Of course, we take furniture for granted. And even when we purchase expensive pieces, there are usually acquired for their durability, craftsmanship and fine materials as much as for their aesthetic value. However, many artists are only too happy to work with furniture to create thought-provoking pieces and experiences.
Specific Furniture by Donald Judd, photo courtesy of Judd foundation
PLAY is an experiential installation conceived by artist Urs Fischer, with choreography by Madeline Hollander. Designed to span sculpture, behaviour, and choreography, it encourages visitors to interact with nine office chairs that seem to have lives of their own. The two worked with a team of programmers and animators to create various gestures, movements and behaviour sequences for the chairs.
Play by Urs Fischer, photo by Chad Moore
Play is, of course, a ritual older than humanity, removed from reality and with no clear aims or values. It is a feedback loop of push/pull of energy and to echo this the chairs’ movements seem to suggest some level of predictability—only to then debunk the illusion. The more the viewer seeks to control the chairs, the clearer it becomes that they are not pawns or pets, but participants.
PLAY is on view at Gagosian, West 21st Street, New York until October 13.
Specific Furniture by Donald Judd, photo courtesy of Judd foundation and Katherine du Tiel
Specific Furniture is an exhibition at the San Francisco Museum of Modern Art to showcase the work of someone widely thought of as one of the most important American artists of the twentieth century – Donald Judd, an American, minimalist artist who died in 1994 aged 65. This exhibition — running until October 28 — looks beyond Judd’s work in sculpture, which he called “specific objects” to examine his furniture design. Judd’s designs emerged out of a need for functional, simple, and agreeable furniture and were developed in response to what he saw as an absence of good, available pieces. In addition to his roles as artist, designer, and critic, Judd was also a collector of furniture designs by Alvar Aalto, Ludwig Mies van der Rohe, Gerrit Rietveld, and Rudolph Schindler, among others.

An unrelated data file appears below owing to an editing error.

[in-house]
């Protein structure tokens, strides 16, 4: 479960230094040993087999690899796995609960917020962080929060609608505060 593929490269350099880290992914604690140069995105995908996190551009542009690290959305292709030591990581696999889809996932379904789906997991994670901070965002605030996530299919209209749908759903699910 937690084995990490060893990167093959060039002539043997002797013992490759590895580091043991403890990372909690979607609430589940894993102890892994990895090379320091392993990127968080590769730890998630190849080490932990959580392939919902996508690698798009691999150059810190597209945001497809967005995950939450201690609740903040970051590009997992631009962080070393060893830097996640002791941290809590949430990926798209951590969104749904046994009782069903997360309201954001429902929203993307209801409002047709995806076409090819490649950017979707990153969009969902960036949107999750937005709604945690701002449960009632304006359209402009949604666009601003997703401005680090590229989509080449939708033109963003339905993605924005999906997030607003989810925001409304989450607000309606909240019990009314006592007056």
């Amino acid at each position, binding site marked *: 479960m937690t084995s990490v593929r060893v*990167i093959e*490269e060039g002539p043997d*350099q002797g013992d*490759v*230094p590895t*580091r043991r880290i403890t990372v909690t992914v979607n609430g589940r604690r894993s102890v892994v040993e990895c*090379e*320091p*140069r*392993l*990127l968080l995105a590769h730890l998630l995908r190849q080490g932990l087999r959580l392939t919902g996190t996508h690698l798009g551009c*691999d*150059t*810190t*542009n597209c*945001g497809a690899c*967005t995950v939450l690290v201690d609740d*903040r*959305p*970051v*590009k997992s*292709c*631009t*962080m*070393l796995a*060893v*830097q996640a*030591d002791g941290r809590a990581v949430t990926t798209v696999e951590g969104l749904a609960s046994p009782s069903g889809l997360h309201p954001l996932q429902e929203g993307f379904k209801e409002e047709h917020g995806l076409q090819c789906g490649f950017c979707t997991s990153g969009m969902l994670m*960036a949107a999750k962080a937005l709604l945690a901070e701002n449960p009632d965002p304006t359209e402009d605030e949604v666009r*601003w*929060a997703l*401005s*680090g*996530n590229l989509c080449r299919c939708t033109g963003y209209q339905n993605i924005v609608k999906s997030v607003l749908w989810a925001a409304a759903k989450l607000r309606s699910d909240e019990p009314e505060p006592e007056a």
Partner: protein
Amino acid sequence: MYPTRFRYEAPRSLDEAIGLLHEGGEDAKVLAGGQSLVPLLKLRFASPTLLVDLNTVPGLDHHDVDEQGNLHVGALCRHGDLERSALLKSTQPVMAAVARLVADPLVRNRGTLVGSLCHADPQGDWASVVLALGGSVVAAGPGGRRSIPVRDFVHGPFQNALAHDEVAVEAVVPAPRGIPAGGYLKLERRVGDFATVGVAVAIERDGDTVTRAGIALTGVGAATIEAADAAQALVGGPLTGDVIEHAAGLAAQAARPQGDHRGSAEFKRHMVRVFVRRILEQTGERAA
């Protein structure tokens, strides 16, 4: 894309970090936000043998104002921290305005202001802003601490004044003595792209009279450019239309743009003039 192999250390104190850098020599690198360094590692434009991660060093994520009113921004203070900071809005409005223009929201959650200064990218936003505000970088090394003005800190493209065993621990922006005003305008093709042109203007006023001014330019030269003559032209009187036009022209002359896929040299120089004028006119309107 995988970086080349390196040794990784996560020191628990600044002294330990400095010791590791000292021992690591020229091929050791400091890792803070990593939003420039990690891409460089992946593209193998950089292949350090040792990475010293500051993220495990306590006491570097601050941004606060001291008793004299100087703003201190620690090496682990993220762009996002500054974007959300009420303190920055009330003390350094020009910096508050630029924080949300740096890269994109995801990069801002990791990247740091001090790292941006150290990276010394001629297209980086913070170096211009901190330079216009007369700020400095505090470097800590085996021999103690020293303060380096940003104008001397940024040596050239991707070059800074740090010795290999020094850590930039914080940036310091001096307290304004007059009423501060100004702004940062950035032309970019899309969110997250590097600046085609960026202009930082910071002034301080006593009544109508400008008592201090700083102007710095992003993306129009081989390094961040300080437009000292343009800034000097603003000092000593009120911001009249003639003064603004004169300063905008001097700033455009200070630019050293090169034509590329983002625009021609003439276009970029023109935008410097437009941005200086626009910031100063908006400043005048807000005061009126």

This presentation brings together Judd’s furniture designs with works that he owned and drew inspiration from, as well as a selection of Judd pieces that visitors can use outside the gallery.
Alphabet by Kellenberger-White studio
If you were lucky enough to have been in London this September, you might have caught the London Design Festival — an annual event now in its 16th year, which always features a diverse range of landmark installations and events spread across the capital. One of the many things worth seeing this year was Alphabet, a large-scale installation of furniture in the form of typeface in Finsbury Avenue Square created by London graphic design studio Kellenberger-White. Visitors were encouraged to explore, interact, move, and make words with the letters, which consisted of 26 colourful alphabet chairs made in folding metal inspired by Bauhaus Designers László Moholy-Nagy, Marianne Brandt and Wilhelm Wagenfeld.
Other influences for this usable alphabet included Bruno Munari’s photos ‘Seeking Comfort in an Uncomfortable Chair’ (1944), Max Bill and Hans Gugelot’s Ulm Stool (1955), as well as Bruce McLean’s ‘pose’ works of the 1970s. Each chair was a different colour, chosen from a specialist paint manufacturer used for industrial metalwork – from International Orange (used for San Francisco’s Golden Gate Bridge) to Cornflower Blue (the colour of Middlesbrough’s Transporter Bridge).
Kellenberger–White is a multidisciplinary studio, which focuses on identities, publications, exhibitions, wayfinding and digital platforms. It regularly collaborates with artists, curators, architects and designers, as well as with programmers, illustrators and photographer.